François Ghebaly is proud to present Meaningless Squiggles, Candice Lin’s fifth solo exhibition with the gallery. The exhibition takes a panoramic view of Lin’s recent projects, drawing on her expanded research into subjects ranging from Chinese “coolie” labor in the Caribbean, James Baldwin’s travels outside the U.S., plants that heal and hurt, disciplinary masks used as Medieval European public shaming devices and their formal similarity to slave torture devices, and John Searle’s writings on artificial intelligence.
Seemingly disparate, these topics are connected by a consideration of the entangled movements of people, plants, viruses and other species. Lin uses these histories of migration and control to think about how ideas of toxicity, contamination, humanness and usefulness are categories that become racialized, implemented and then blurred through State and social disciplinary processes. What arises from these far flung subjects is a practice restlessly and persistently investigating material pasts, tracing objects and their histories to open up discourses around race, value and the economies of dehumanization. The exhibition contains a system of circulating fluids. Upon entering the space, viewers encounter a human silhouette of tobacco leaves lying on a table filled with cement. On the figure’s abdomen lies a glass distiller simmering a tincture of poppy, sugar, tobacco and tea. Legacies of colonialism, violence and forced labor shadow these materials, spanning the Opium Wars in China to the exacerbation of often forced Asian contract laborers, known as the “coolie” trade, where hundreds of thousands of Chinese laborers were brought to work the plantations and cement and brick factories of the Caribbean and parts of the U.S. in the 19th century.
The distillate rises from the prostrate figure, gets pumped through a series of tubes traversing the walls and rafters and enters another room where it slowly drips onto a white tiled platform adorned only with a metal drain. The composite liquid of distilled water and plant volatiles slips through the drain, falling out of sight with barely a trace of its forced transit. An extended hallway illuminated with magenta light draws viewers towards an exposed foundation of false stones. Emitting from the rocks is the voice of the poet Renee Gladman, whose poem speaks to the charged and interwoven legacies of Lin’s materials. The hallway walls are illuminated from a window created by an inset aquarium tank in which microbes brew a kombucha of rose, hibiscus and poppy. A decrepit institutional door leads into an antiseptically white space, punctuated by the drip-drip of the plant distillate and flanked by two masked figures standing watch. The space is further enclosed by a razor wire-topped wall that gives the exhibition its title.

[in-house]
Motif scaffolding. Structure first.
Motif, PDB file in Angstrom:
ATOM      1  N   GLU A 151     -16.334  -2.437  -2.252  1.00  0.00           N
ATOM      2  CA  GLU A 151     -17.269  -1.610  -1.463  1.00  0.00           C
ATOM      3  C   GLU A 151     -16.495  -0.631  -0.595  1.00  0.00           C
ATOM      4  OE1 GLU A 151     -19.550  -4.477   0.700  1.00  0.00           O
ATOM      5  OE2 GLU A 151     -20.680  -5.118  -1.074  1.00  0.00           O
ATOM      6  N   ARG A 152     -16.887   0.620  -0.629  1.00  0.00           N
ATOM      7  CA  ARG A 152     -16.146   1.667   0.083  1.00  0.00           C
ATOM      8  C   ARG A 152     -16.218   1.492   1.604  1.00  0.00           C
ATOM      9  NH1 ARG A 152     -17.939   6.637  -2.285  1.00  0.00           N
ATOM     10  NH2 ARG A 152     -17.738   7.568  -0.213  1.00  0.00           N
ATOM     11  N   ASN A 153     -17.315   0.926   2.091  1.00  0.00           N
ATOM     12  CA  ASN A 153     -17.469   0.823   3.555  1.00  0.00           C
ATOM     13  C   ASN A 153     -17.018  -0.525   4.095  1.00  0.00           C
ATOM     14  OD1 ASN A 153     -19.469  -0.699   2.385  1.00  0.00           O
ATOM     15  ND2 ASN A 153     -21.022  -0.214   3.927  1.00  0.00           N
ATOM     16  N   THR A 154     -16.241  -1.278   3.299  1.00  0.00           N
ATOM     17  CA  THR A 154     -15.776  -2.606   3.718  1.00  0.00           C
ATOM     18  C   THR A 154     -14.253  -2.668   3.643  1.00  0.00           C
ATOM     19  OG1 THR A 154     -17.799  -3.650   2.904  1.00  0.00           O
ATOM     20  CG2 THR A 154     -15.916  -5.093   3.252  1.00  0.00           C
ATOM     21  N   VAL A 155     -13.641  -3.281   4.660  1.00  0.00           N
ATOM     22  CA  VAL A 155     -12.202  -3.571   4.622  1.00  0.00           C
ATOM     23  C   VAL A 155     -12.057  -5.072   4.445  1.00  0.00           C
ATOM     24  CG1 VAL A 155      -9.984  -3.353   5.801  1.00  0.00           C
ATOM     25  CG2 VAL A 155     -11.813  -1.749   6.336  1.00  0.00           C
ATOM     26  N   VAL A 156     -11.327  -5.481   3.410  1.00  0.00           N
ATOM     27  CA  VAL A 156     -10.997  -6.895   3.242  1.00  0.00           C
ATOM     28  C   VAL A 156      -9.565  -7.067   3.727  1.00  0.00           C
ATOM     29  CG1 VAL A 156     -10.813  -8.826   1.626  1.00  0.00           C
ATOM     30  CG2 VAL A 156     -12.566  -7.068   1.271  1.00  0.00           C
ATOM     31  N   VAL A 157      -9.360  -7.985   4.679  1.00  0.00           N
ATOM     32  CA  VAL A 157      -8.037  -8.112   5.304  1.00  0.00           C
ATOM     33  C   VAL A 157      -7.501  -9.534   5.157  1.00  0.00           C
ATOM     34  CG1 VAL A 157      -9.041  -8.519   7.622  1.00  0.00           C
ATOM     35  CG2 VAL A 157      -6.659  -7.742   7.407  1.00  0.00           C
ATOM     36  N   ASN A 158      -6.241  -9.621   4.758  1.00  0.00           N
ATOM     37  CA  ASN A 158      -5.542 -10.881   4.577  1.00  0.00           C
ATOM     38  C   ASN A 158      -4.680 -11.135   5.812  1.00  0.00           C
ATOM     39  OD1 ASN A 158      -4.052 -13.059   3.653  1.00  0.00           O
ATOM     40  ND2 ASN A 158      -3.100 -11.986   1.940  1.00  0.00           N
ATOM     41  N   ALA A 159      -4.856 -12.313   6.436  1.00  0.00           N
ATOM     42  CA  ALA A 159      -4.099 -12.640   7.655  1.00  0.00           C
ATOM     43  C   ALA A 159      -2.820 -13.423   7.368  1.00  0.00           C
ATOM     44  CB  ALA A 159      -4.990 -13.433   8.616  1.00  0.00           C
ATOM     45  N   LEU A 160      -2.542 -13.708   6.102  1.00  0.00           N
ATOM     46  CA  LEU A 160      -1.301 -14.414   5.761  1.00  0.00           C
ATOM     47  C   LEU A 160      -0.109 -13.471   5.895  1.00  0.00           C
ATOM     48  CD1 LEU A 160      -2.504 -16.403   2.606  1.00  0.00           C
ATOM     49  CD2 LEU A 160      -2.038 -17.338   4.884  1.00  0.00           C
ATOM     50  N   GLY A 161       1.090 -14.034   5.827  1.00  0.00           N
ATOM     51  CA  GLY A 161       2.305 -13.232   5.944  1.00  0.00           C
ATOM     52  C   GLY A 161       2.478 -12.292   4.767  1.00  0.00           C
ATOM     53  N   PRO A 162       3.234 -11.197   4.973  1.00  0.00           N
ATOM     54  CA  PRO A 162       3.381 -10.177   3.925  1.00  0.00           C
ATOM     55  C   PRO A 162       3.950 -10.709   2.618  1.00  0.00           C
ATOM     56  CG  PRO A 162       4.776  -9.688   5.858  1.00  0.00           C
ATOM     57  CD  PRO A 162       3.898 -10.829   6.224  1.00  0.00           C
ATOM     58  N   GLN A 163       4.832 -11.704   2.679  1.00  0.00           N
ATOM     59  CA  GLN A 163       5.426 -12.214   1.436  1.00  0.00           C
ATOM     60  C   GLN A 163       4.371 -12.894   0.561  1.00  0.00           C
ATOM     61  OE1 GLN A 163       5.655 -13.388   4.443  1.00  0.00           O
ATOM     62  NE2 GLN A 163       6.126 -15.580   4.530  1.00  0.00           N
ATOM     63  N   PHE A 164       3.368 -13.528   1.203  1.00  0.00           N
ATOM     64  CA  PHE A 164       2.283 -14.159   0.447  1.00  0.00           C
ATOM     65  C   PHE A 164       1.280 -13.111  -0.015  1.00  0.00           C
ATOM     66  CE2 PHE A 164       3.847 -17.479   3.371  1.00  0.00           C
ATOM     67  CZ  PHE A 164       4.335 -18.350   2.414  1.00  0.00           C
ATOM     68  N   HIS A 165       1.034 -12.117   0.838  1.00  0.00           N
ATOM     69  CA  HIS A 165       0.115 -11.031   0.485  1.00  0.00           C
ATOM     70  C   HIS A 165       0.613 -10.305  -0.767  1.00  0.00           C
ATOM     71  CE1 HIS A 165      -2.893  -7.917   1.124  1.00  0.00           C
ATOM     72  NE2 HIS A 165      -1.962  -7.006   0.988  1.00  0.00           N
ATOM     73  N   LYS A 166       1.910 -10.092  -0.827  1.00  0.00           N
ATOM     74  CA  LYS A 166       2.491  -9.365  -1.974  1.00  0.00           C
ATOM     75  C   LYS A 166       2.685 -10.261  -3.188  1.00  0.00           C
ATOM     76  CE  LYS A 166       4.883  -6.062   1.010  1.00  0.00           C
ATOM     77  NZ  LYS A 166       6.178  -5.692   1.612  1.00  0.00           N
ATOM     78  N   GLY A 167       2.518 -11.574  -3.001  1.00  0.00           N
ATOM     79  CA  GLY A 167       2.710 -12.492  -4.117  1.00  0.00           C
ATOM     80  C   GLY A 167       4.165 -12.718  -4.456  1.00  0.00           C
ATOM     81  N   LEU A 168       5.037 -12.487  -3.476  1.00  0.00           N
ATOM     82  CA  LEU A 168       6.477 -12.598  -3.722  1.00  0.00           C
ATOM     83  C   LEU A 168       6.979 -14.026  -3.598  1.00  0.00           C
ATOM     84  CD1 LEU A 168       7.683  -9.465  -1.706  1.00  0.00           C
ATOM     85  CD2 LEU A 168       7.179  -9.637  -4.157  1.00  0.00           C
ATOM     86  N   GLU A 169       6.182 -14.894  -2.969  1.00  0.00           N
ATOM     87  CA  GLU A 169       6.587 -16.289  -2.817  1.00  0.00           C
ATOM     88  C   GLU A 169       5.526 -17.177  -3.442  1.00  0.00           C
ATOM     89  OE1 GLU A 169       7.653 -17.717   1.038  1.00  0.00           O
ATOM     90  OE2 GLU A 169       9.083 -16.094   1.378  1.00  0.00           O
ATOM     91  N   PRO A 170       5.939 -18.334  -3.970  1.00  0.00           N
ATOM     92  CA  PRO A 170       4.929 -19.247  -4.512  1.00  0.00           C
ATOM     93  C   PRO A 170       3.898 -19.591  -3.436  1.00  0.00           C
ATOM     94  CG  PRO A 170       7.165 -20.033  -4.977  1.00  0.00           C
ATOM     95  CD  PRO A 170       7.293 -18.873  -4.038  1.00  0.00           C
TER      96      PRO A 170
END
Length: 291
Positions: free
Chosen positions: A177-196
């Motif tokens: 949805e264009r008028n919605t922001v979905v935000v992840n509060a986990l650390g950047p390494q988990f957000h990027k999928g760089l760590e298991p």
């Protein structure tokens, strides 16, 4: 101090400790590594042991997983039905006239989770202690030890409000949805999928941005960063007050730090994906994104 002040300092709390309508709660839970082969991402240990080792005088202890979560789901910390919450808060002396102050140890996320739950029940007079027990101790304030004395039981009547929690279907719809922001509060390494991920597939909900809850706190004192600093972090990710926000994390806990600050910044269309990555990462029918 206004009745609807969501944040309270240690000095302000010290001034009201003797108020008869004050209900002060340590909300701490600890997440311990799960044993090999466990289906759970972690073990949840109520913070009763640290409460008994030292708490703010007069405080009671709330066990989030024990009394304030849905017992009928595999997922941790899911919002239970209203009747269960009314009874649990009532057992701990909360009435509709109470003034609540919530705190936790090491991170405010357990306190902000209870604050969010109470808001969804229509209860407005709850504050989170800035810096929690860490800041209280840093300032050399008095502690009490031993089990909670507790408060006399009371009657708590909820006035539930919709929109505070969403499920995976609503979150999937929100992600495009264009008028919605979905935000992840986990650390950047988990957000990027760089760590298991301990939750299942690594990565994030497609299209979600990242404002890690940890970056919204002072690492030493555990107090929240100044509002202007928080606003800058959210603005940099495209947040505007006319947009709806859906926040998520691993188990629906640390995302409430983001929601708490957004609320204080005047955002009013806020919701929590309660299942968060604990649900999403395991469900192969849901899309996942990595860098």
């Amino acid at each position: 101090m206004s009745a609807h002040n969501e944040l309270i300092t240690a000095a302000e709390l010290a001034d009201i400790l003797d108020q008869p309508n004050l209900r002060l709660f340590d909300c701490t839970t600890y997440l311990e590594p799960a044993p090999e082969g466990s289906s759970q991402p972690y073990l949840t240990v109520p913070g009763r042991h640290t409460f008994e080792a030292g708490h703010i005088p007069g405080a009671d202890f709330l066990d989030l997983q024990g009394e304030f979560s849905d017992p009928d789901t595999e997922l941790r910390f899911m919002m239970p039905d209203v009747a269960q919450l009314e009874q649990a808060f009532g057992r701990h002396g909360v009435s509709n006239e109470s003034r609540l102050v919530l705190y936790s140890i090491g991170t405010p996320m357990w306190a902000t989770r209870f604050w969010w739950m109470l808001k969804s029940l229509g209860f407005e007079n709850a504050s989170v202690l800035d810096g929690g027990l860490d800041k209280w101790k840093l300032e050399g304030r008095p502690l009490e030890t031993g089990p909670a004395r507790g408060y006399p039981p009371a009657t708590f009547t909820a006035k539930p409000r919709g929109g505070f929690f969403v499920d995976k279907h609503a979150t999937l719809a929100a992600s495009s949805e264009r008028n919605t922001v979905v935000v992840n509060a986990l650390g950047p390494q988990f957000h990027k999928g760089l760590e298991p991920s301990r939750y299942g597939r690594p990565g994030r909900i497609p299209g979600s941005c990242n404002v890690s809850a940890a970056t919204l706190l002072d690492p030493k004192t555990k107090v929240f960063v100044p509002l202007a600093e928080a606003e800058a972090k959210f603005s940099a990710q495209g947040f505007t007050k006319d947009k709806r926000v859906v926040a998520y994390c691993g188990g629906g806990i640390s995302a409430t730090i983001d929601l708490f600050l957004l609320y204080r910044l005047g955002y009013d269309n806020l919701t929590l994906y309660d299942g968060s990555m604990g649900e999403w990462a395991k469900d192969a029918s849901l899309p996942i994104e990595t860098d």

The wall, made of sheetrock covered with bone black pigment, growing black mold and affixed with research materials and objects, is inscribed with text by American philosopher John Searle, who has used the “meaningless squiggles” of written Chinese in thought experiments about artificial intelligence. Linking the Chinese language to the inability to decipher between a robot and a human, Searle continues the Techn-Orientalist metaphors that play into a longer history of Western dehumanization of Asian labor and consciousness. With an ironic twist, Lin passes Searle’s words through an automated English to Chinese translation—a kind of A.I.—resulting in an awkward but legible Mandarin phrasing. The characters were then written by Lin’s father and cut out of the walls by her, speaking to the presence of absence in her experience as a first-generation immigrant negotiating between cultural loss and assimilation. A welded iron gate stands closed, allowing visitors to see to the other side but blocking passage. Throughout the exhibition, as more broadly in Lin’s practice, many histories intertwine in a kaleidoscopic process of unearthing, remembering and memorializing. The works, in the words of feminist literary scholar Saidya Hartman, attempt “to imagine what cannot be verified…to reckon with precarious lives which are only visible in the moment of their disappearance.”